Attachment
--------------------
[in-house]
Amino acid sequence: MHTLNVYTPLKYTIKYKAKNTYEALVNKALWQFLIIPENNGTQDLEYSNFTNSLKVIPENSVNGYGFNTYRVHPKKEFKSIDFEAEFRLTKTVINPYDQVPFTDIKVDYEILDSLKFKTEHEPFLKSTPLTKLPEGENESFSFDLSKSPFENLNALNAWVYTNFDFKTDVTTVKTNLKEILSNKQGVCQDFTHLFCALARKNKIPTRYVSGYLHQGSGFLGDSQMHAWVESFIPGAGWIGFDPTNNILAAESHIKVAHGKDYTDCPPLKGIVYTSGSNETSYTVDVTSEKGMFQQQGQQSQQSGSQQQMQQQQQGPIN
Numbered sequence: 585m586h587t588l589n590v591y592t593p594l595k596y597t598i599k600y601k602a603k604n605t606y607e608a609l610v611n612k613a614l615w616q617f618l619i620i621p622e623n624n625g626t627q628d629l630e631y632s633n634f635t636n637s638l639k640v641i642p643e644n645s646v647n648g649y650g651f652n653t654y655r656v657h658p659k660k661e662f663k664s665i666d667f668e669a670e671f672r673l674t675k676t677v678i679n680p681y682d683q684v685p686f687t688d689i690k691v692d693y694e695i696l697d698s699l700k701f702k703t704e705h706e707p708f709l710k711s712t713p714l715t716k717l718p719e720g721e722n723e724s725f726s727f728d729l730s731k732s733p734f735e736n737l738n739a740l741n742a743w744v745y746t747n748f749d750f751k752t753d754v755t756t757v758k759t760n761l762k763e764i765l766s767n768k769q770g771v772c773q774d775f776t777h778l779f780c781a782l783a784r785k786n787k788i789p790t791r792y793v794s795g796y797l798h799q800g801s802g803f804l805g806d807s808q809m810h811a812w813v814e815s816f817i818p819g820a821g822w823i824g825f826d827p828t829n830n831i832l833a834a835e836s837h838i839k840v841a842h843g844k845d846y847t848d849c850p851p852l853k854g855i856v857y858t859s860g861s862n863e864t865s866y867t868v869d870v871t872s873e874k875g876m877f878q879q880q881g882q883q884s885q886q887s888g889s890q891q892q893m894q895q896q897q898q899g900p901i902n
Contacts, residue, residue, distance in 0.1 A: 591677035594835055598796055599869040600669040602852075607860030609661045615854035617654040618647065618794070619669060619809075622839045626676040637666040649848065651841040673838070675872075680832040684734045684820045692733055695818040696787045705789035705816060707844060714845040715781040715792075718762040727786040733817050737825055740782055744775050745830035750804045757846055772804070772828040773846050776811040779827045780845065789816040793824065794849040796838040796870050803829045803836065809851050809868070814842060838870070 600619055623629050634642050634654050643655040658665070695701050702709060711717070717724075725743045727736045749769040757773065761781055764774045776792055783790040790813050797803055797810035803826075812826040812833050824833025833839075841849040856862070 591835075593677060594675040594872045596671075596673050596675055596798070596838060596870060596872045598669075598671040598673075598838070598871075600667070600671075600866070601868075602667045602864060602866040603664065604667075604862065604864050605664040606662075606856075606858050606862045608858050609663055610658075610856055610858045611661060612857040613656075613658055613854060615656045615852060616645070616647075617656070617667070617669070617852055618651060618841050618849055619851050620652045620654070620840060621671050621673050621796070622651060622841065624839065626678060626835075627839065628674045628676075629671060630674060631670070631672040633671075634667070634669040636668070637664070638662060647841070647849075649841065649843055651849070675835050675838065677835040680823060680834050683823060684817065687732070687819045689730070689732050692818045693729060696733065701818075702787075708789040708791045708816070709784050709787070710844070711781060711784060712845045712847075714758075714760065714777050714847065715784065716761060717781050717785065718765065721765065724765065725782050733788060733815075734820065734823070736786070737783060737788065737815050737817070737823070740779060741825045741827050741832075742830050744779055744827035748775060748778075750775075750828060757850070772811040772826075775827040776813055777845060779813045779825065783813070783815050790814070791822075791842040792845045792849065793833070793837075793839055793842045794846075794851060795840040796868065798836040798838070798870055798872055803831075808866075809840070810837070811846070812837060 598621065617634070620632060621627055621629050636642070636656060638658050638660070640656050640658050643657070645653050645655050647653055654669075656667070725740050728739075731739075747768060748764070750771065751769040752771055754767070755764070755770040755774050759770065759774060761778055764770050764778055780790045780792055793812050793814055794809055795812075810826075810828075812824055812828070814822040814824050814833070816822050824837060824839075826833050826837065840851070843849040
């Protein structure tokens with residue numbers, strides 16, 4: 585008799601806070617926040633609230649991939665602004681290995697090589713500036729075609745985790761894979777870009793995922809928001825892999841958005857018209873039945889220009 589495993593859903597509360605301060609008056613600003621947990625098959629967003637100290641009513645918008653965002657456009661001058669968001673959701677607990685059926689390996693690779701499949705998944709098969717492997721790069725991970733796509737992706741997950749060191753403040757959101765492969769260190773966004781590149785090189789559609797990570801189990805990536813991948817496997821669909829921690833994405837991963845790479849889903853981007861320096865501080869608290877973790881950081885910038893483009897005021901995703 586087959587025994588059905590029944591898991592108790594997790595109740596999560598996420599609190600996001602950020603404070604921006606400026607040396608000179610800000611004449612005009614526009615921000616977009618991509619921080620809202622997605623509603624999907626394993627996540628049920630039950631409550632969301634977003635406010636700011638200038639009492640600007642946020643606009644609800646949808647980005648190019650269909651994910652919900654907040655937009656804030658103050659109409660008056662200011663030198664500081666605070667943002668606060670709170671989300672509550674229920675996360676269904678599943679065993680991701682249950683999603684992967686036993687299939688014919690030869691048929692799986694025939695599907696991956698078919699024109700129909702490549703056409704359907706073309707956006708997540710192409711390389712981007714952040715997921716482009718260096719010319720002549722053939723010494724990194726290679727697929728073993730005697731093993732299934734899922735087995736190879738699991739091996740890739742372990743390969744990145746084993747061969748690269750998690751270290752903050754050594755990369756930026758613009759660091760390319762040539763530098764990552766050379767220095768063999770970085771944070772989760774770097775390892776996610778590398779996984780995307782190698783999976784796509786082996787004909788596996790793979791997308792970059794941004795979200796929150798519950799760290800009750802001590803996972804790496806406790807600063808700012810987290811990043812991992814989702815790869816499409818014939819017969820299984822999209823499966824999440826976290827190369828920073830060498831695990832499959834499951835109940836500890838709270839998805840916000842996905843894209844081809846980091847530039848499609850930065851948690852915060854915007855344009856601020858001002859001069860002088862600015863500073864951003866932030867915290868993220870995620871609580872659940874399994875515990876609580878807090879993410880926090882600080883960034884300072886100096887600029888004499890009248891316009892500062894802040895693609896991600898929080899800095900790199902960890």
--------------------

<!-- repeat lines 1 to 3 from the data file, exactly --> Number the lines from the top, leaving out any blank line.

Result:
[in-house]
Amino acid sequence: MHTLNVYTPLKYTIKYKAKNTYEALVNKALWQFLIIPENNGTQDLEYSNFTNSLKVIPENSVNGYGFNTYRVHPKKEFKSIDFEAEFRLTKTVINPYDQVPFTDIKVDYEILDSLKFKTEHEPFLKSTPLTKLPEGENESFSFDLSKSPFENLNALNAWVYTNFDFKTDVTTVKTNLKEILSNKQGVCQDFTHLFCALARKNKIPTRYVSGYLHQGSGFLGDSQMHAWVESFIPGAGWIGFDPTNNILAAESHIKVAHGKDYTDCPPLKGIVYTSGSNETSYTVDVTSEKGMFQQQGQQSQQSGSQQQMQQQQQGPIN
Numbered sequence: 585m586h587t588l589n590v591y592t593p594l595k596y597t598i599k600y601k602a603k604n605t606y607e608a609l610v611n612k613a614l615w616q617f618l619i620i621p622e623n624n625g626t627q628d629l630e631y632s633n634f635t636n637s638l639k640v641i642p643e644n645s646v647n648g649y650g651f652n653t654y655r656v657h658p659k660k661e662f663k664s665i666d667f668e669a670e671f672r673l674t675k676t677v678i679n680p681y682d683q684v685p686f687t688d689i690k691v692d693y694e695i696l697d698s699l700k701f702k703t704e705h706e707p708f709l710k711s712t713p714l715t716k717l718p719e720g721e722n723e724s725f726s727f728d729l730s731k732s733p734f735e736n737l738n739a740l741n742a743w744v745y746t747n748f749d750f751k752t753d754v755t756t757v758k759t760n761l762k763e764i765l766s767n768k769q770g771v772c773q774d775f776t777h778l779f780c781a782l783a784r785k786n787k788i789p790t791r792y793v794s795g796y797l798h799q800g801s802g803f804l805g806d807s808q809m810h811a812w813v814e815s816f817i818p819g820a821g822w823i824g825f826d827p828t829n830n831i832l833a834a835e836s837h838i839k840v841a842h843g844k845d846y847t848d849c850p851p852l853k854g855i856v857y858t859s860g861s862n863e864t865s866y867t868v869d870v871t872s873e874k875g876m877f878q879q880q881g882q883q884s885q886q887s888g889s890q891q892q893m894q895q896q897q898q899g900p901i902n